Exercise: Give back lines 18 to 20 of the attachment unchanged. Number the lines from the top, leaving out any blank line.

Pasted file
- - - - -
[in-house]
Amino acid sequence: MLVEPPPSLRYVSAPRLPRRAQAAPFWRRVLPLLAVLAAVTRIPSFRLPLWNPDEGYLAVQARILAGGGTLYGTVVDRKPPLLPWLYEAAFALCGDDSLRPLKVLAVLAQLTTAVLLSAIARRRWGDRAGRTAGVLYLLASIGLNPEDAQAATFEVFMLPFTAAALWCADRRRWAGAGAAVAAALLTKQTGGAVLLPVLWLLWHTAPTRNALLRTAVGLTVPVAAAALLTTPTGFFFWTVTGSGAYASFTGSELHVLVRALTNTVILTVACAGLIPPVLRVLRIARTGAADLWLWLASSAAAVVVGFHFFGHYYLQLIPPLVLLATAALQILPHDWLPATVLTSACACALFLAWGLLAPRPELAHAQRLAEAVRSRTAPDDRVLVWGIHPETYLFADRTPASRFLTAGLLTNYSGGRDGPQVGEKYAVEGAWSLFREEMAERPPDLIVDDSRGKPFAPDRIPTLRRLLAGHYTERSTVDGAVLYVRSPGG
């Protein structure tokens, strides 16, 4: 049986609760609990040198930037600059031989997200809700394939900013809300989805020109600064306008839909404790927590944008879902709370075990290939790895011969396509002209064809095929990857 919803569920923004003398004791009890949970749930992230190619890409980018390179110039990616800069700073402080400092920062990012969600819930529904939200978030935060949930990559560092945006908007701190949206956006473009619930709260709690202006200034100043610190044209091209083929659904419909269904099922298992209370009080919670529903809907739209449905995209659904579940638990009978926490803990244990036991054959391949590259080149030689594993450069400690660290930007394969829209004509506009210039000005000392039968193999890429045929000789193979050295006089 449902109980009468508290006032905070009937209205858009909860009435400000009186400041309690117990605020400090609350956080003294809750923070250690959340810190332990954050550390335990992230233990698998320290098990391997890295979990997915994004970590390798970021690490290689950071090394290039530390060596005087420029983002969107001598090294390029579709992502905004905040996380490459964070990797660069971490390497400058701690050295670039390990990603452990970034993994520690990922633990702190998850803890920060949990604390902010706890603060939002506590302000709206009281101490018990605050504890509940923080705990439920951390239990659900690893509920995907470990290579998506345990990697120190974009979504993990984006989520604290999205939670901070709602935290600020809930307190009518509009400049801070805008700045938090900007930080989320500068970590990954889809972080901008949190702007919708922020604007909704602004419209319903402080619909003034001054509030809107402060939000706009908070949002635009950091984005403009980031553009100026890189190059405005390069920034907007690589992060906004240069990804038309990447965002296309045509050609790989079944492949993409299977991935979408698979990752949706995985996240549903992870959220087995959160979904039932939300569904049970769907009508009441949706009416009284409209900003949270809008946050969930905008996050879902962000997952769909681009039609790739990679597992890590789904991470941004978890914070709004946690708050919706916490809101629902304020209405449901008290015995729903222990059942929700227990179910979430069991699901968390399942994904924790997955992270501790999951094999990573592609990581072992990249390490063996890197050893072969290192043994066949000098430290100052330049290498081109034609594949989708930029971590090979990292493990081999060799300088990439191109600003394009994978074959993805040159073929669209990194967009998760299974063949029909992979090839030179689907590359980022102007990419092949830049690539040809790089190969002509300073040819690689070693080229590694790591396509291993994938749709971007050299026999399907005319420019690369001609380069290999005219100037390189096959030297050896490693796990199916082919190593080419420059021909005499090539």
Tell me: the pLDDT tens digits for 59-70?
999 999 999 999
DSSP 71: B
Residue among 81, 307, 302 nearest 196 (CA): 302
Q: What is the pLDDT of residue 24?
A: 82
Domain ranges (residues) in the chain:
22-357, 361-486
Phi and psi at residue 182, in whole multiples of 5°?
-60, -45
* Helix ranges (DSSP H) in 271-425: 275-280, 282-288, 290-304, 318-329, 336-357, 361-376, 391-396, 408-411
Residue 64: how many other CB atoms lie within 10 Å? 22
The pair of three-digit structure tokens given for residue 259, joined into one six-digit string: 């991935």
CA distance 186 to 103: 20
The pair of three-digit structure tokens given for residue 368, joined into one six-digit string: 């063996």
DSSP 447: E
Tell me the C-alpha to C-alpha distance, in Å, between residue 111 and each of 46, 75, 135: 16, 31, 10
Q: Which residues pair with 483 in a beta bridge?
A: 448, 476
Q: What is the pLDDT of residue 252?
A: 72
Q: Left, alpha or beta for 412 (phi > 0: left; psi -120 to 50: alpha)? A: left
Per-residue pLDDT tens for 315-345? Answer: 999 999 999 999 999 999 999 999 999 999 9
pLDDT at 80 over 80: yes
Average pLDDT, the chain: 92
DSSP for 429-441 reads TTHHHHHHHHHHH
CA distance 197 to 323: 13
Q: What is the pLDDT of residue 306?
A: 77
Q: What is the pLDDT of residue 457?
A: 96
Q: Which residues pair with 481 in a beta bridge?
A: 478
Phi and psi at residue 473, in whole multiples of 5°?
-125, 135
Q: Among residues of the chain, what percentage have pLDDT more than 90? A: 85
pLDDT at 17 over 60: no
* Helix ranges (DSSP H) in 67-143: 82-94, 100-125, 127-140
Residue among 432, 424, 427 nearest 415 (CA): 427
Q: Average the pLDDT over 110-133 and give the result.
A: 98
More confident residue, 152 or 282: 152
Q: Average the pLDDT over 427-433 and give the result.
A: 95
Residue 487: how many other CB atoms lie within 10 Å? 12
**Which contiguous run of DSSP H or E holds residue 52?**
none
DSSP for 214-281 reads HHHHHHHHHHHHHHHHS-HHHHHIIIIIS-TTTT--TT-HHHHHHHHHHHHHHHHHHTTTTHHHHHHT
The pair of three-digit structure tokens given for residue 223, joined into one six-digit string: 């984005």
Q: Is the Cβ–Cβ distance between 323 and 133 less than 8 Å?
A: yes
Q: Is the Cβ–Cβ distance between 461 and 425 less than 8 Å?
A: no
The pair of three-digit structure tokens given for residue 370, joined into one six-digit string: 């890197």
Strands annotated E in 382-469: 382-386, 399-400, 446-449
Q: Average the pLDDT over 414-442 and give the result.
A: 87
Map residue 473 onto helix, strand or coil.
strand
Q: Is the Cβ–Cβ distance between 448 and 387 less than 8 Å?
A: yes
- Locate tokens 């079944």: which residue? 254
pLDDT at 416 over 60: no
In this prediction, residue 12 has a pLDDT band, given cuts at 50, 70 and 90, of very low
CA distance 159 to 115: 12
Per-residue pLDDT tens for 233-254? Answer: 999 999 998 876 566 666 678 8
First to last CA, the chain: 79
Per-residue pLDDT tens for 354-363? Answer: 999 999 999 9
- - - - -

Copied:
The pair of three-digit structure tokens given for residue 368, joined into one six-digit string: 């063996």
DSSP 447: E
Tell me the C-alpha to C-alpha distance, in Å, between residue 111 and each of 46, 75, 135: 16, 31, 10